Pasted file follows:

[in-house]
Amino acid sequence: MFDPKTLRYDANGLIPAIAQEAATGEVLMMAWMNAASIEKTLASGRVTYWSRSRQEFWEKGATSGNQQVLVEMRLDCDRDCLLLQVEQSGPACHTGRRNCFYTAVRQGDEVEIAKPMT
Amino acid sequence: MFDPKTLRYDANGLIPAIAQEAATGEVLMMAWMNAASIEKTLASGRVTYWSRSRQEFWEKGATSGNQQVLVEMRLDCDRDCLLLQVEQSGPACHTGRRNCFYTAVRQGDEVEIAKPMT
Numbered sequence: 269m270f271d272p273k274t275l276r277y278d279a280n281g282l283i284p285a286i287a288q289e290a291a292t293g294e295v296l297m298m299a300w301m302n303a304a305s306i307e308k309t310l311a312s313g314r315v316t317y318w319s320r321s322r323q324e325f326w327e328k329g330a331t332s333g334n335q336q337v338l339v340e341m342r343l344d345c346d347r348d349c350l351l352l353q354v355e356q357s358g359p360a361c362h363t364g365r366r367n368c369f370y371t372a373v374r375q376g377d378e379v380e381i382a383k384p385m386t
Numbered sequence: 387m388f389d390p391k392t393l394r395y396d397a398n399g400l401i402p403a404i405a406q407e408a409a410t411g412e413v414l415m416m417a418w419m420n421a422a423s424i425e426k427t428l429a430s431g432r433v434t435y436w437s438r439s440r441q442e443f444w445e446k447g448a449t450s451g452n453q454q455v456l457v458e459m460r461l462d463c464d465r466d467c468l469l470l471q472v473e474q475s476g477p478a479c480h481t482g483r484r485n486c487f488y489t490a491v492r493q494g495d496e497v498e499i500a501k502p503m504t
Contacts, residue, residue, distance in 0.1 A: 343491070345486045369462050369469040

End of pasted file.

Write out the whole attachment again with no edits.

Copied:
[in-house]
Amino acid sequence: MFDPKTLRYDANGLIPAIAQEAATGEVLMMAWMNAASIEKTLASGRVTYWSRSRQEFWEKGATSGNQQVLVEMRLDCDRDCLLLQVEQSGPACHTGRRNCFYTAVRQGDEVEIAKPMT
Amino acid sequence: MFDPKTLRYDANGLIPAIAQEAATGEVLMMAWMNAASIEKTLASGRVTYWSRSRQEFWEKGATSGNQQVLVEMRLDCDRDCLLLQVEQSGPACHTGRRNCFYTAVRQGDEVEIAKPMT
Numbered sequence: 269m270f271d272p273k274t275l276r277y278d279a280n281g282l283i284p285a286i287a288q289e290a291a292t293g294e295v296l297m298m299a300w301m302n303a304a305s306i307e308k309t310l311a312s313g314r315v316t317y318w319s320r321s322r323q324e325f326w327e328k329g330a331t332s333g334n335q336q337v338l339v340e341m342r343l344d345c346d347r348d349c350l351l352l353q354v355e356q357s358g359p360a361c362h363t364g365r366r367n368c369f370y371t372a373v374r375q376g377d378e379v380e381i382a383k384p385m386t
Numbered sequence: 387m388f389d390p391k392t393l394r395y396d397a398n399g400l401i402p403a404i405a406q407e408a409a410t411g412e413v414l415m416m417a418w419m420n421a422a423s424i425e426k427t428l429a430s431g432r433v434t435y436w437s438r439s440r441q442e443f444w445e446k447g448a449t450s451g452n453q454q455v456l457v458e459m460r461l462d463c464d465r466d467c468l469l470l471q472v473e474q475s476g477p478a479c480h481t482g483r484r485n486c487f488y489t490a491v492r493q494g495d496e497v498e499i500a501k502p503m504t
Contacts, residue, residue, distance in 0.1 A: 343491070345486045369462050369469040